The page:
Residents of Ganjing Borough (柑井里) in Changhua County’s Hemei Township (和美) on Tuesday decided to resume the transmission of telecom signals from a base station in the borough in a near-unanimous vote.
The vote came after more than half of the borough’s 4,400 residents complained about not being able to make telephone calls or access the Internet after the device was turned off on Wednesday last week following protests from some residents.
The base station, which was cobuilt by Chunghwa Telecom, Taiwan Mobile and Far EasTone Telecommunications, was installed on the property of an old factory. The property was later sold to a new owner, who demolished the factory.
However, some residents found out that there was a base station on the property.
Without giving Borough Warden Chen Ming-yuan (陳明桓) prior notice, they launched a protest against the device on the grounds that electromagnetic waves emitted by it would cause health hazards, prompting the new owner to ask the telecoms to remove the base station.
As the telecoms had not found a place to move the base station, they stopped the transmissions by turning off the device.
However, Chen and the Hemei Township Office have since last week received numerous complaints from borough residents, who said that they could not use their smartphones to make calls or access the Internet.
They also said that they could only get two or three signal bars on their smartphones most of the time and experienced delays when downloading files from the Internet.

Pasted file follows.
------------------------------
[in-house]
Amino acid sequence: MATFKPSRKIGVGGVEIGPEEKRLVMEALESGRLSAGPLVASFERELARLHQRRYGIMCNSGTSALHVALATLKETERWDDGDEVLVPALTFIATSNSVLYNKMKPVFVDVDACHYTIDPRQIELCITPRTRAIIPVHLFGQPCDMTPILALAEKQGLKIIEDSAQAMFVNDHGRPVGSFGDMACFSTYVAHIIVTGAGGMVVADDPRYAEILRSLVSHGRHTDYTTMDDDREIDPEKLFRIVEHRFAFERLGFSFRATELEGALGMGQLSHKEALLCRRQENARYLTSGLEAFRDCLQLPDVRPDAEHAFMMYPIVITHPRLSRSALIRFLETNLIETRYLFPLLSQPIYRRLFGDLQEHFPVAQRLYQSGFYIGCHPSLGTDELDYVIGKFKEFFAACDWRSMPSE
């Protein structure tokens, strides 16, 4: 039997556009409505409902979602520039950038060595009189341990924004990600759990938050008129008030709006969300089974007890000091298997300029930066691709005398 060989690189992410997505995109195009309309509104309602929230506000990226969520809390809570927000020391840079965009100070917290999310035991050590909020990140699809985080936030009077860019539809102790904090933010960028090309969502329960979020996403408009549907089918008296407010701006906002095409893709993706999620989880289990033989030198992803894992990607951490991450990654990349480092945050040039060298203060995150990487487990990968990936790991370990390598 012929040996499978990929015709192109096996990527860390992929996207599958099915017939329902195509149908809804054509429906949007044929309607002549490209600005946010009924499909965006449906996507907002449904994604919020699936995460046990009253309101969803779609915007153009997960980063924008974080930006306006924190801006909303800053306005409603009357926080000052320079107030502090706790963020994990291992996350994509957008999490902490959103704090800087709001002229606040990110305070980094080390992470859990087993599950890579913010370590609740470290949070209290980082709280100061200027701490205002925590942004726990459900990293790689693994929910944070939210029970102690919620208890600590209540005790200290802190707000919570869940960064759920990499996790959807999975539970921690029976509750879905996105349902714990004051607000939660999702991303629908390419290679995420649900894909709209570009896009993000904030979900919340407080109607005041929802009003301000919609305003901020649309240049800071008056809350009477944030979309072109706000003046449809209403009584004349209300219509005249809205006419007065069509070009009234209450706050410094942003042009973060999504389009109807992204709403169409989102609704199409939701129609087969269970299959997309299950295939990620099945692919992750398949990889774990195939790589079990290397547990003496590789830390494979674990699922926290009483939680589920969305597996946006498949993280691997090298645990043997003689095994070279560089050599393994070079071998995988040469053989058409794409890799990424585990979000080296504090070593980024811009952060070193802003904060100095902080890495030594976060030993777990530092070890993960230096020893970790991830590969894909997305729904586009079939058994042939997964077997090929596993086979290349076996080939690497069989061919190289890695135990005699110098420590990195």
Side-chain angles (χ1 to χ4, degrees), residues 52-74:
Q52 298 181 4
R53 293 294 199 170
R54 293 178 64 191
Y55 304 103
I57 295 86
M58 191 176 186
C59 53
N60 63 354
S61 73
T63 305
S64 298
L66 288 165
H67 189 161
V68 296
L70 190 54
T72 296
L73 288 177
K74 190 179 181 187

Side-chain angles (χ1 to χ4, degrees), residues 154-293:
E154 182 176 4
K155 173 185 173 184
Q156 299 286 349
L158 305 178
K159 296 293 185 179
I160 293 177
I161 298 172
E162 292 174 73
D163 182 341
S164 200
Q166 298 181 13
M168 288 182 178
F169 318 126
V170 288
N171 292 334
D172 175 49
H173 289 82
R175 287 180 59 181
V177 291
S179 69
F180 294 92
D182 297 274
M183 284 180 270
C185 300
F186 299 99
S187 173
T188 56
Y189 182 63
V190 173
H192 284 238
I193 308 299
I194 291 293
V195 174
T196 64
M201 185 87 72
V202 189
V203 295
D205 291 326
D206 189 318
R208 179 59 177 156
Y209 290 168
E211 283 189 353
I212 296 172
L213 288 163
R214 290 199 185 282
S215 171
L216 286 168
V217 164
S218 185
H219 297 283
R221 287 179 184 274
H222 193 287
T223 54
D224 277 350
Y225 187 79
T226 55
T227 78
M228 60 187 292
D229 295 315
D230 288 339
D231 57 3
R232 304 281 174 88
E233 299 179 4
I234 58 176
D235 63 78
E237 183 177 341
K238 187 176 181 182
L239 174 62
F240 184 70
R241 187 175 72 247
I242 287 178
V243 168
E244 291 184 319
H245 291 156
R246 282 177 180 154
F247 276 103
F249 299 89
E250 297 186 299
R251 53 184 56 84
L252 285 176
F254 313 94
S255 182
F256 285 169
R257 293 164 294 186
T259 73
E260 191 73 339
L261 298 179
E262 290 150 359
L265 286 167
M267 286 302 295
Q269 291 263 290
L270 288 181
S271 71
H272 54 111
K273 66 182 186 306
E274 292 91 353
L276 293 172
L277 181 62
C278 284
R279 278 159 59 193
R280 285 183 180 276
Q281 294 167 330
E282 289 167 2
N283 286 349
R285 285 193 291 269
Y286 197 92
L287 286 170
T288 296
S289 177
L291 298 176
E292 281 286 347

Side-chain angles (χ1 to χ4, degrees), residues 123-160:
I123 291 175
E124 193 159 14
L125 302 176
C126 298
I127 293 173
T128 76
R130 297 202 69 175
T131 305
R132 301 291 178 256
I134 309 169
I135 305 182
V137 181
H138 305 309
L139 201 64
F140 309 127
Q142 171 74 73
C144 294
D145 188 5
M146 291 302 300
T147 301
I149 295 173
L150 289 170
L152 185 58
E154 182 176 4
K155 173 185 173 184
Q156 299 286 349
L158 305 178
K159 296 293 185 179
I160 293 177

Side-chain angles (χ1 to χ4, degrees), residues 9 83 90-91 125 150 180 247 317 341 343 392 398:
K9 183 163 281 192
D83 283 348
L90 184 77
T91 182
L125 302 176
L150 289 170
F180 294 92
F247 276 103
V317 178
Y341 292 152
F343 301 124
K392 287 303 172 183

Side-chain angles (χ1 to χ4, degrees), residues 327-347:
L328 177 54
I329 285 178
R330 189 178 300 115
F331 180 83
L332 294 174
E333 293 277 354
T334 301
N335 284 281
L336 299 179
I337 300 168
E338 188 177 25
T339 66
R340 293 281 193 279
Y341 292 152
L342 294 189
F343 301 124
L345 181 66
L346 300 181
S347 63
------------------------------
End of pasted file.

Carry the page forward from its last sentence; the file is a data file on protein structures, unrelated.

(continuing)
In Tuesday’s vote, residents were asked to vote between two options. The first was to remove all base stations in the borough, after which residents would not be able to use their smartphones to make calls or access the Internet, including messaging apps and social media, reverting to landlines for communication.
The second option was to resume transmissions and relocate the base station.
More than 160 residents voted in favor of the latter. Only one man in his 60s opposed, saying that he was afraid that electromagnetic waves could cause cancer.
After the result was announced, residents who attended the meeting applauded the decision.
The property owner agreed to donate to the community half of the rent he collects for the base station until a new location is found to fund emergency care, scholarship programs and meals for older people.
Hemei Mayor Ruan Hou-jue (阮厚爵) said that the township would help the borough find a new location for the base station.
Chen said that the telecoms originally planned to turn off the base station during the Lunar New Year holiday, but he asked that they postpone the move to this month.
The telecoms have already found other locations to move the base station, he added.
“As borough residents themselves had decided to remove the base station in the first place, telecoms would not need to compensate their subscribers for suspending the transmission of signals,” the National Communications Commission said.”
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